“‘Tis spring, when a woman’s fancy turns to thoughts of gardening.”
The legions of lupine and platoons of poppies along the roadside are harbingers of what should prove to be a memorable display of wildflowers this year. The nodding poppies in the afternoon breeze take me back to a long time ago in Laguna Beach. The bright flowers are like greeters, as is our Grammy Swanson at the base of her driveway on Main Street each morning. Students and tennis players on their way to Coast Union High School honk and return her friendly wave as she reads the headlines of her morning paper.
Eiler Larsen was Laguna Beach’s greeter for decades. This aged, colorful character would stand on the curb of the Coast Highway and wave his gnarled walking stick to locals and tourists alike. His gray, shaggy mane was one of the first to be worn in that style that became so familiar in the 1960s. To have seen Eiler, and to see Grammy and the poppies, is to gladden one’s heart.
And now, dear reader, I’m going to share with you one of the most treasured secrets of the Middle Kingdom. I am motivated by one of my favorite fundamental maxims: A joy shared is a joy doubled.
Never miss a local story.
There is a road. There is a beautiful enchanting road. It leads to a most tranquil and life-affirming place … and I’m going to share it with you. On a day when you have no schedule or distractions, pack a picnic lunch, bring along a pair of binoculars, include a colorful blanket, and drive east on Highway 46 to Highway 101. Proceed north to county road G-14 (24th Street) in Paso Robles. Head west and then north on G-14. The terrain is rolling hills and occasional valley oaks.
At this point, many orchards of almonds and apples blanket the hillsides; fields of lupine, poppies and vetch dazzle the eye with their bright colors. Stay on G-14 and enter the gate of the Hunter Liggett Military Reservation and proceed to Jolon (ho-lone). Near Jolon is the Mission San Antonio de Padua, founded by Father Serra in 1791. To wander through the mission is to step into a time warp when you consider the influence the string of missions had on early California. I enjoy imagining someone using the toe of his boot to make an X in the dirt and say, “We’ll build it here.”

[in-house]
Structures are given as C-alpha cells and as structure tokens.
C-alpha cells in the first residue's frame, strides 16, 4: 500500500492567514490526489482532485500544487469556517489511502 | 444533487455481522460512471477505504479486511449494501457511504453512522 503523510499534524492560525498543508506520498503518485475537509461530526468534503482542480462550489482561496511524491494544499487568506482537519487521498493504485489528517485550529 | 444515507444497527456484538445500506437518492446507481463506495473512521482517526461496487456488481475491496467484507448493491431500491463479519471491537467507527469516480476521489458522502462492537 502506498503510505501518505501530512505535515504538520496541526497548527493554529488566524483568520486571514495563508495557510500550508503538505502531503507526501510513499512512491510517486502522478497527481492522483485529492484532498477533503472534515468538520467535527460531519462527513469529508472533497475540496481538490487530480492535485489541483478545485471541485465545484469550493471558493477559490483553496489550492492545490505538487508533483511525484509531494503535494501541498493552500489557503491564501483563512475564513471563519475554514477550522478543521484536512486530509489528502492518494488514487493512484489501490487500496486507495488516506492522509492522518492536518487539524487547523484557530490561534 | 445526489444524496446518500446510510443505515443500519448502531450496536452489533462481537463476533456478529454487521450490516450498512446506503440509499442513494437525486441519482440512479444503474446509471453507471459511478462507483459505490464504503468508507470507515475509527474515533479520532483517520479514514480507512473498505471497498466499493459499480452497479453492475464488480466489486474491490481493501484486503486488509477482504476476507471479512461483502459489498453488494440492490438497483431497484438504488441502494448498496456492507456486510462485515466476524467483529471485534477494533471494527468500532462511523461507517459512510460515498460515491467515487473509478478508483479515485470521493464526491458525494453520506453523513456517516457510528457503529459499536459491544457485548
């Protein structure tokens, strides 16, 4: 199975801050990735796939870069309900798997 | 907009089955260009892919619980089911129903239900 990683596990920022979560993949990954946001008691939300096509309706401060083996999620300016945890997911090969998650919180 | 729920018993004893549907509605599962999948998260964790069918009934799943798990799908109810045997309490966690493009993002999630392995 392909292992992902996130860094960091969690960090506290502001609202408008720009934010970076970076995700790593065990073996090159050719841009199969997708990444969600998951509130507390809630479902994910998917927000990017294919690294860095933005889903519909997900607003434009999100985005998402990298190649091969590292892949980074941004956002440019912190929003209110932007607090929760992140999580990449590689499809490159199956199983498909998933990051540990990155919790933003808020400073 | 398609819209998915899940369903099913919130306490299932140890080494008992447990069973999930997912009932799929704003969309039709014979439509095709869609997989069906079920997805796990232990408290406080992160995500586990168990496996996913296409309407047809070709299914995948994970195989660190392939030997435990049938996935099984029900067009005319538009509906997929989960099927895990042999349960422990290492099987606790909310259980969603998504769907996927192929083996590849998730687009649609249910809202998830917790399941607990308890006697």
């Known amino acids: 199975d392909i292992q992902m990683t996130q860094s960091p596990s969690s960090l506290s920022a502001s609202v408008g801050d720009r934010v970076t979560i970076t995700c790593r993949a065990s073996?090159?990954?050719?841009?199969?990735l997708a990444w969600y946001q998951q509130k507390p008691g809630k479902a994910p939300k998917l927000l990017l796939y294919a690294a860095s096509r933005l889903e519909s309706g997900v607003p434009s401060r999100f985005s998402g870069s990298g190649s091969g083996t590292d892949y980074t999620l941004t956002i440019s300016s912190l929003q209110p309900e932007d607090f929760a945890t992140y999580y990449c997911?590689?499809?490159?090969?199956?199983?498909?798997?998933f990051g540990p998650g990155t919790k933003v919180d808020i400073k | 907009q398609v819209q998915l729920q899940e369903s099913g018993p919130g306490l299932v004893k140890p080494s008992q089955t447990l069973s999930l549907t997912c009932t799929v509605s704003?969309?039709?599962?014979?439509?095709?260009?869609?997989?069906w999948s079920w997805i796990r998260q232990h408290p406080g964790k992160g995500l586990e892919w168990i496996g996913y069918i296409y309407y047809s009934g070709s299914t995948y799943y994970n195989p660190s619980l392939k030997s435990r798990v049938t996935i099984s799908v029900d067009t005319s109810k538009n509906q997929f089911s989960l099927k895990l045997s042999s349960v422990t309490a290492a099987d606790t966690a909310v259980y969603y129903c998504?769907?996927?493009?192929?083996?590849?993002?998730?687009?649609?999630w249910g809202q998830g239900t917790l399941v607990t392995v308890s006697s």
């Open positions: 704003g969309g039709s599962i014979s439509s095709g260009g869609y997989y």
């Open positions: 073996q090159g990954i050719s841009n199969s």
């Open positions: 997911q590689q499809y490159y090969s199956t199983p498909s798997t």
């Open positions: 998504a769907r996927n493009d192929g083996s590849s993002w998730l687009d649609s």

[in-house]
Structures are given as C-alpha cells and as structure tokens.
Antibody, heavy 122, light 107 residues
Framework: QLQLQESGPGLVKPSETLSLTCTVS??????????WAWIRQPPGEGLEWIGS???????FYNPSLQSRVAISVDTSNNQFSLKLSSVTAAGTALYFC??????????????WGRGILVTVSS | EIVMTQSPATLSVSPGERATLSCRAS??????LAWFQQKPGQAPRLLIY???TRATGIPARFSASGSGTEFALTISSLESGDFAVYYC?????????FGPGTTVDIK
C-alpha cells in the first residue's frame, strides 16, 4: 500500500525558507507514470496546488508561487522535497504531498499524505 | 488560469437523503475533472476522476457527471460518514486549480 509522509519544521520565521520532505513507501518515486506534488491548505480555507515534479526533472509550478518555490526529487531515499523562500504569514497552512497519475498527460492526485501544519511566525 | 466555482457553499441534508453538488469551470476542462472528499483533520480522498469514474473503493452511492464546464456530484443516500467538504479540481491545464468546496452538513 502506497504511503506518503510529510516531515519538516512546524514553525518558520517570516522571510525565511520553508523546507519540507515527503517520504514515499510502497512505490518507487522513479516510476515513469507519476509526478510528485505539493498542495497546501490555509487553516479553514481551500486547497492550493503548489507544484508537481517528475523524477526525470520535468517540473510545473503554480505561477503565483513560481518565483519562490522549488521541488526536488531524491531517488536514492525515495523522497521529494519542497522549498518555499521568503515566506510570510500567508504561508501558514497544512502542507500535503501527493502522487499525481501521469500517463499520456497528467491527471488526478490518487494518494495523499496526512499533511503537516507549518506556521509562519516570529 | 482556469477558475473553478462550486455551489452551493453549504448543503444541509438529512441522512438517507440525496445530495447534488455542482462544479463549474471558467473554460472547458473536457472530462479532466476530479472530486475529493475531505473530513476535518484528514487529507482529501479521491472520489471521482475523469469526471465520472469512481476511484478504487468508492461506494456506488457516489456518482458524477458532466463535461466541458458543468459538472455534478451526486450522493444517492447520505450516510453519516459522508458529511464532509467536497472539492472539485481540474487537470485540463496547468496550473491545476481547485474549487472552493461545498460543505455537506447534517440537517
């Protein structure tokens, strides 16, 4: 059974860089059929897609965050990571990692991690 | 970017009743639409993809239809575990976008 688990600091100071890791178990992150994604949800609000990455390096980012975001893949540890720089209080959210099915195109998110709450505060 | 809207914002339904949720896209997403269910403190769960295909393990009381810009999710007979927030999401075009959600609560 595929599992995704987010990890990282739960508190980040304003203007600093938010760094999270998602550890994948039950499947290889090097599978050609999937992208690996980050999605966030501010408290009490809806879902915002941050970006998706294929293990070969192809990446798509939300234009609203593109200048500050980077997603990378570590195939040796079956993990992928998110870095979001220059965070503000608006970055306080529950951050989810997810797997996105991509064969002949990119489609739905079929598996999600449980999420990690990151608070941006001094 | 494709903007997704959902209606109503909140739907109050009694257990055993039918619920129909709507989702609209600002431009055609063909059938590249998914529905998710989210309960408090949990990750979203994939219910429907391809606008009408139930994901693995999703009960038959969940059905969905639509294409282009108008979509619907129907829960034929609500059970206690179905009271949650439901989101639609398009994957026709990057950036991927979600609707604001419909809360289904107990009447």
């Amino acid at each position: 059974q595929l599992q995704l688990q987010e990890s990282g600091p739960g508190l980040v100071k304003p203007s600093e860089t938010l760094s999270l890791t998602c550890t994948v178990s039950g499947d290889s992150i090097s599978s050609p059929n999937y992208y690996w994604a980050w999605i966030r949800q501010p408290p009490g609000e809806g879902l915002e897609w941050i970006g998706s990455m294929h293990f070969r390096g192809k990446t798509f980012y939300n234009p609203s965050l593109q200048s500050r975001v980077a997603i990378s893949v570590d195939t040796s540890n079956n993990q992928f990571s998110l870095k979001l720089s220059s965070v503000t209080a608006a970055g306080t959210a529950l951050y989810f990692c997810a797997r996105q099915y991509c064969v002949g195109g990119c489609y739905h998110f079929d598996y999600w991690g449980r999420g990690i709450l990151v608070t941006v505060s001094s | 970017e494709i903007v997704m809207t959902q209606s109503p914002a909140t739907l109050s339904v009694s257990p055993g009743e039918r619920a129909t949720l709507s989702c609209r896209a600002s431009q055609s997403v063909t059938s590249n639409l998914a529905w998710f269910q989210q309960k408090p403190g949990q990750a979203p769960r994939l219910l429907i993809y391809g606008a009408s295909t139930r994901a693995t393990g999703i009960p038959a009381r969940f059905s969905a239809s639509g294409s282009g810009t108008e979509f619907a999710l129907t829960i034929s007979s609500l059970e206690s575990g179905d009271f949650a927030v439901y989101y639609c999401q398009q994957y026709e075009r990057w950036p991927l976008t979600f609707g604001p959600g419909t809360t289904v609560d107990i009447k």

If you have the time, drive west on Nacimiento-Fergusson Road toward Highway 1 to return home. You will have entered a fairyland of huge sycamores, stands of redwoods, meandering creeks … and unlimited serenity. Along the way is the Ponderosa Campground for those who wish to picnic or camp. As you revel in the majestic scenes of Mother Nature in all her glory, think not about building huge motels along the way; don’t imagine the green meadows as likely asphalt parking lots; be content with your picnic basket, don’t try to envision restaurants with large golden arches reaching into the pure blue sky. Simply savor the simplicity of natural beauty and drink in the loveliness until your soul can hold no more.
For 24-hour road information in California, call 1-800-427-7623.
As I have shared this with you, share your experience with someone else. Take a loved one, or perhaps somebody who has been confined at home with an illness, or an aged parent or friend who needs your company. Perhaps your best companion for the day would be a child. Introduce him or her to natural beauty. Spread the blanket on God’s green earth, lie back and read the clouds. If you are fortunate enough to share this outing with a loved one, be sure to follow the late columnist Jack Smith’s romantic byword: Spend all your kisses.
E-mail John Brannon at email@example.com